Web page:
Jewish-Languages Mailing List

May 2002

Date: Thu, 2 May 2002 00:26 -0700
From: Yona Sabar <sabar @>
Subject: Fwd: baqasha

Date: Thu, 2 May 2002 00:20:21 -0700
To: Alexander Tamar, nstillman2001 @
From: Yona Sabar <sabar @>
Subject: baqasha

> Dear Colleagues
> Can you please help me explaining the puzzling words at the end of this
> Ladino eHad mi yodea' : following Uno es nuestro Dio en los cielos
> y en la tierra, follows: la illa illa 'Allah, la illa w'adar hu,
> singa musa catarulala (see this website and hear it as well:
> Obviously it is a Judaized version of
> the Islamic shahada formula with some words corrupted (singa =
> sidna? w'adar hu = waHdahu? catarulala = ikhtara allah?). Have
> you seen it elsewhere? Also notice also that instead of "thirteen
> midayya" it has thirteen tefillin...

Tamar, can you please forward this email to my friend Ya'acov Ben
Tolila as well?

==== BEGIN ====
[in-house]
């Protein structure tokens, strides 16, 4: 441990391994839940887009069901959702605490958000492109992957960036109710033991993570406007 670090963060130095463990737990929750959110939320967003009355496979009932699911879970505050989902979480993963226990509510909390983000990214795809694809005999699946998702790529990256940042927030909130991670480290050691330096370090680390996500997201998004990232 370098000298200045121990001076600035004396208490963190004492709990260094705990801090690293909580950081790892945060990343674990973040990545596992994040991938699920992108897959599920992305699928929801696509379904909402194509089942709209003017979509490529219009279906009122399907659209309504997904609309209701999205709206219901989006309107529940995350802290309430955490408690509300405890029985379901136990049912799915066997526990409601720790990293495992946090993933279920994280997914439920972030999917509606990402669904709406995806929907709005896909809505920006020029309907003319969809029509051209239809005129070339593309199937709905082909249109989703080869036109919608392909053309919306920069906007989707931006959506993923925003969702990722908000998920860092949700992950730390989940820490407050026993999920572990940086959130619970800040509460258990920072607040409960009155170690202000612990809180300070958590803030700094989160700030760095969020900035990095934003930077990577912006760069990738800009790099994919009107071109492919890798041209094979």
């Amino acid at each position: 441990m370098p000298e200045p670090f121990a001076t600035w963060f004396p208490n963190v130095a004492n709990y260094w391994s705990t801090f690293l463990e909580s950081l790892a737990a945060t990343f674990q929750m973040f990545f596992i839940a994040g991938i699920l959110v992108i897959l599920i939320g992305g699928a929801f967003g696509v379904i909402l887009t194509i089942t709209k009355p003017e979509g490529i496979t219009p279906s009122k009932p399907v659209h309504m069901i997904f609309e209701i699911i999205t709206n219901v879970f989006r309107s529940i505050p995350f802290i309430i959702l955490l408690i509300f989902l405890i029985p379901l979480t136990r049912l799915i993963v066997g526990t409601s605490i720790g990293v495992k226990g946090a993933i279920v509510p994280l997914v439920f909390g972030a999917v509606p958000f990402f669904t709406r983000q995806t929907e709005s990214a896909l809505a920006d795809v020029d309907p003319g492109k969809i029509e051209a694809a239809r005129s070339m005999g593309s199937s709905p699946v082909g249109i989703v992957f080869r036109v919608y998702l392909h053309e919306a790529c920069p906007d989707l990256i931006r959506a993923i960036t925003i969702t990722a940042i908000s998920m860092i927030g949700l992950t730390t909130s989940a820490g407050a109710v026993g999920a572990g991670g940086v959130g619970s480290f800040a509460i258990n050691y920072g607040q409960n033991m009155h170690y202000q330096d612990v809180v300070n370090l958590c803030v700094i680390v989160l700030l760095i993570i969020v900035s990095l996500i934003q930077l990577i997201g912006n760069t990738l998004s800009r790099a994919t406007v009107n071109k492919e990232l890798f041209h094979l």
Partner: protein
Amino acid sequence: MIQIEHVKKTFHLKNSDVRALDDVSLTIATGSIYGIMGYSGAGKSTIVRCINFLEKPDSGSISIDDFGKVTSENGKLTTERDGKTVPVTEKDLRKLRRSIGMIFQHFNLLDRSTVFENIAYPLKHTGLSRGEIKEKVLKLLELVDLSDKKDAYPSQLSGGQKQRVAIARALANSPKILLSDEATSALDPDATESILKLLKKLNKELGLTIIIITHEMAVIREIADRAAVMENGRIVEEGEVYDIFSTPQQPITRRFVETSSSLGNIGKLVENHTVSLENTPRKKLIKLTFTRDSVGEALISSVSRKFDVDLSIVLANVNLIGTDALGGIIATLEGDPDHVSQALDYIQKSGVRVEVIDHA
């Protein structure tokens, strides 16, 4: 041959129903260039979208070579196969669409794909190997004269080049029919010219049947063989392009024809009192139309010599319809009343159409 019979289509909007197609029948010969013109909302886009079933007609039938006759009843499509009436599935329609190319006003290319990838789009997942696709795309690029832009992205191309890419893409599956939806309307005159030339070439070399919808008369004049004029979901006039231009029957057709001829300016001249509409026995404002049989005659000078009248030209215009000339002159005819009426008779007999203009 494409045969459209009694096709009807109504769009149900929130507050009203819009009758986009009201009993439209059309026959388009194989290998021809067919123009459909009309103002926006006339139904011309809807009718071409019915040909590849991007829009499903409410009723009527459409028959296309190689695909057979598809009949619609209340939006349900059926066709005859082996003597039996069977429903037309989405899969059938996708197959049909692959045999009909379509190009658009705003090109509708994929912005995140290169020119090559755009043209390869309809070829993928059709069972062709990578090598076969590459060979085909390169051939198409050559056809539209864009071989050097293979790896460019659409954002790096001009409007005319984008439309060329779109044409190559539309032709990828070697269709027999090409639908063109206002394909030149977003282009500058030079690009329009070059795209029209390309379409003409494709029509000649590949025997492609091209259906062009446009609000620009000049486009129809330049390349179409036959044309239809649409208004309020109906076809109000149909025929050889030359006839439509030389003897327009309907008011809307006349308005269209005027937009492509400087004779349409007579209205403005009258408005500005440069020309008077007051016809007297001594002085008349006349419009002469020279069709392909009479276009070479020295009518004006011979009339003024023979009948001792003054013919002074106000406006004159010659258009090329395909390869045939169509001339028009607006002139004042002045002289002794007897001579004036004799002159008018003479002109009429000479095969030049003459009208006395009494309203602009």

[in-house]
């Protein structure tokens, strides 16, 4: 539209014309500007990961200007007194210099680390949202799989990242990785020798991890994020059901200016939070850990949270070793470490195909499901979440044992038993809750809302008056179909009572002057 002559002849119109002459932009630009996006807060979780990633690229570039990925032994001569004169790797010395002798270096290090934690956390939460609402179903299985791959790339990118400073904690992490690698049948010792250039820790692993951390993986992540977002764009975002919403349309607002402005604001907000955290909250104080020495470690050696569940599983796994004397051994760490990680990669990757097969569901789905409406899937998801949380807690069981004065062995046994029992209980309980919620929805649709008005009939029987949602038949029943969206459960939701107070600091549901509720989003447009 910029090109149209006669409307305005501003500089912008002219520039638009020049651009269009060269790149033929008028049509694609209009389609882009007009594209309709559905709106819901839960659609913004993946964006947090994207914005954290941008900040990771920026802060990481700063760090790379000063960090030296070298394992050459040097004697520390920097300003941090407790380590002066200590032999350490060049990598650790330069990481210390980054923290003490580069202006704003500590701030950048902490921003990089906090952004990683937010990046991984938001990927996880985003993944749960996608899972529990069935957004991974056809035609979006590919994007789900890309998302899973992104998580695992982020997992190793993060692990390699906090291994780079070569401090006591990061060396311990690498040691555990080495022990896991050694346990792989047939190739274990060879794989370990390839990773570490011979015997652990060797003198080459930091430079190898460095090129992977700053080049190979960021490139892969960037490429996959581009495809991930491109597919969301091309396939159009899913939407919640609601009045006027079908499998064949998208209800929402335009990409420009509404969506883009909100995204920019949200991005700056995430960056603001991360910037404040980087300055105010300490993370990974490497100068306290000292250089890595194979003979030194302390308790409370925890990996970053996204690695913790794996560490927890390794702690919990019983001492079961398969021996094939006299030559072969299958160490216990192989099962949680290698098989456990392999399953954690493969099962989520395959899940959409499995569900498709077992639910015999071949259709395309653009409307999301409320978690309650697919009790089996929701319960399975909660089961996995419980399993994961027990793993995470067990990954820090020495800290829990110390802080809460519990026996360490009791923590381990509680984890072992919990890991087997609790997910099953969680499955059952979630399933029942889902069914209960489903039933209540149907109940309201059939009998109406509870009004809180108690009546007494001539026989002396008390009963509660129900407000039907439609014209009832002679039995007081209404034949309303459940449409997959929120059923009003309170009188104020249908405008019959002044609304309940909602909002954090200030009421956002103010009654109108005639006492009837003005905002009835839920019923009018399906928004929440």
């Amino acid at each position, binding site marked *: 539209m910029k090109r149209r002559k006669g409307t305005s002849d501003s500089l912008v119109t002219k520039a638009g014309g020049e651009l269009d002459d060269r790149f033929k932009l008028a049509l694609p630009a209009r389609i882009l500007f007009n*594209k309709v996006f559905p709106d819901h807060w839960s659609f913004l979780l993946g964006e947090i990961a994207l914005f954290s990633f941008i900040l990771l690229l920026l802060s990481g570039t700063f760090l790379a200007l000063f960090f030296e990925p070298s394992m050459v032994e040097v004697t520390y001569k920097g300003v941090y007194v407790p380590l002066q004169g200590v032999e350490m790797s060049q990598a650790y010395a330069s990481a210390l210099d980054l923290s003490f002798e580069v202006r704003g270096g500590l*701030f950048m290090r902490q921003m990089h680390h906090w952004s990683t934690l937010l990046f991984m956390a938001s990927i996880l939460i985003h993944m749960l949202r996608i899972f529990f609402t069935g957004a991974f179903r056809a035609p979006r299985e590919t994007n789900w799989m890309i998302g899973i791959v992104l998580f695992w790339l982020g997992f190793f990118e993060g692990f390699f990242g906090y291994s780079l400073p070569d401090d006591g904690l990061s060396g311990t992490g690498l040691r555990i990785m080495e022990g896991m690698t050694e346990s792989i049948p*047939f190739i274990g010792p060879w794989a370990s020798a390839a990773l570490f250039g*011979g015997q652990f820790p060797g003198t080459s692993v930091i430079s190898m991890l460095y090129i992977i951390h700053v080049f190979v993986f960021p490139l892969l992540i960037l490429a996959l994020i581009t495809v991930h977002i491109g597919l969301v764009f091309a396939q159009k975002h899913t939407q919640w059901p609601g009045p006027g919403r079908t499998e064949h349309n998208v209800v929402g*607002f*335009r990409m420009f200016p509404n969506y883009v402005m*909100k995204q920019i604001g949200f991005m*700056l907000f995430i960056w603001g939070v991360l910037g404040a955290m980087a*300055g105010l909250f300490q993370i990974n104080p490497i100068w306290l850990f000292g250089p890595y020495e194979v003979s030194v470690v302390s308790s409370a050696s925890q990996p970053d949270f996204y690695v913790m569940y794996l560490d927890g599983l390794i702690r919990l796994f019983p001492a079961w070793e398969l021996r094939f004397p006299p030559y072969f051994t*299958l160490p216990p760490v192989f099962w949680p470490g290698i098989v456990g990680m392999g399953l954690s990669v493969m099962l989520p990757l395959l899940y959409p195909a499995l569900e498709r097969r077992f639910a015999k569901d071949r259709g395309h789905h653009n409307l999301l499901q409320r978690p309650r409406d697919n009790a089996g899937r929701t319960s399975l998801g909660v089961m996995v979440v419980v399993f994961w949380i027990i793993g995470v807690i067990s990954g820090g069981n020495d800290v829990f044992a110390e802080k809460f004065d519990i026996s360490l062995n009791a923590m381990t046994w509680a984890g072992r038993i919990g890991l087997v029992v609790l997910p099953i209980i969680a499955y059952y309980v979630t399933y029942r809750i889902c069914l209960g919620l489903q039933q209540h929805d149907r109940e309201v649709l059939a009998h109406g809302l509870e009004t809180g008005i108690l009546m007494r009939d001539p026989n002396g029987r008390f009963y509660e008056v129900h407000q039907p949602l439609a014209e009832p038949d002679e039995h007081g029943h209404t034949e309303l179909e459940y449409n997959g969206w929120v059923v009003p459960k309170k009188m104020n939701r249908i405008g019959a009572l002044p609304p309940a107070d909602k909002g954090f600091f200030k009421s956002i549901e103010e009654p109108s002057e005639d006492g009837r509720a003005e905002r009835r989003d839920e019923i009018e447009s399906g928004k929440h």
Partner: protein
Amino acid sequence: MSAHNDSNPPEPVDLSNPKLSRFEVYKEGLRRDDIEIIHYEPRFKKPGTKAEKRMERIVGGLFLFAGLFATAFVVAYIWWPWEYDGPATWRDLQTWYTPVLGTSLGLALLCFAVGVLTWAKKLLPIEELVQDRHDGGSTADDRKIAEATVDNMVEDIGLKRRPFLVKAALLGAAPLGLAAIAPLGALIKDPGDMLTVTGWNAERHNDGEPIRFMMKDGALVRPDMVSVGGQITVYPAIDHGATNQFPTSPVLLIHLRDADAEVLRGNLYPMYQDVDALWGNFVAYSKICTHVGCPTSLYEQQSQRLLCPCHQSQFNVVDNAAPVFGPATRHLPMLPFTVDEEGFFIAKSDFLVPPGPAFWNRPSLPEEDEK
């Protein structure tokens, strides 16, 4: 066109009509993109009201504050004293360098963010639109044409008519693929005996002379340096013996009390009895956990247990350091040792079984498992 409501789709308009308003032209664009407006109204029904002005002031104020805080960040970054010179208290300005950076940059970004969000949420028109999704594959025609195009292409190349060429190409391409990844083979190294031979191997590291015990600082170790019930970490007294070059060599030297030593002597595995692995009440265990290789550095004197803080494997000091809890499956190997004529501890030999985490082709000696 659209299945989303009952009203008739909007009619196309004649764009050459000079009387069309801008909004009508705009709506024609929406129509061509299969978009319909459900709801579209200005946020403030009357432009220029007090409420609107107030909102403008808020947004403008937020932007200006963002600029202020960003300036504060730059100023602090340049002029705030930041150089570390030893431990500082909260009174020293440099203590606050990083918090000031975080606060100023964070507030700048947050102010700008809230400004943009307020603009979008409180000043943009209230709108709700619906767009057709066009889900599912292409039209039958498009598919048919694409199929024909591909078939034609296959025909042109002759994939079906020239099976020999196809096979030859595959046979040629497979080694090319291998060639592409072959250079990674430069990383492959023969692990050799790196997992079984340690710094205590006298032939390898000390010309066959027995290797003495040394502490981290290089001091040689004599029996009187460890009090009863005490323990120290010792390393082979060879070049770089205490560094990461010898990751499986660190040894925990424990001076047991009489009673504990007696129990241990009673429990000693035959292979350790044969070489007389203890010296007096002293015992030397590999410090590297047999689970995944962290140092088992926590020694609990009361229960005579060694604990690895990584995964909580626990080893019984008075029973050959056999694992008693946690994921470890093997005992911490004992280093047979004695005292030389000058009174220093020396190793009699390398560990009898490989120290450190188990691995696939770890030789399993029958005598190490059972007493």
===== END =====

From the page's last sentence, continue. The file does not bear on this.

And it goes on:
Toda, kol Tuv,


Yona Sabar, Professor of Hebrew and Aramaic
Department of Near Eastern Languages and Cultures
UCLA, Los Angeles, CA 90095-1511
(home) 310-474-6430
(office) 310-206-1389
Fax: to Prof. Sabar at (310) 206-6456.

Date: Tue, 14 May 2002 11:06 -0700
From: K I Weiser <kiw2 @>
Subject: Introduction

I am presently a post-doctoral fellow in Jewish Studies at the
University of Washington in Seattle. I will be joining the faculty
of York University in Toronto, Canada in autumn as professor of
Holocaust and Eastern European Jewry. My interests include Jewish
languages (esp. Yiddish and Hebrew), Jewish interlinguistics, and
modern Jewish history. I have recently written a dissertation about
Jewish politics and Yiddishism in pre-WWII Poland and also researched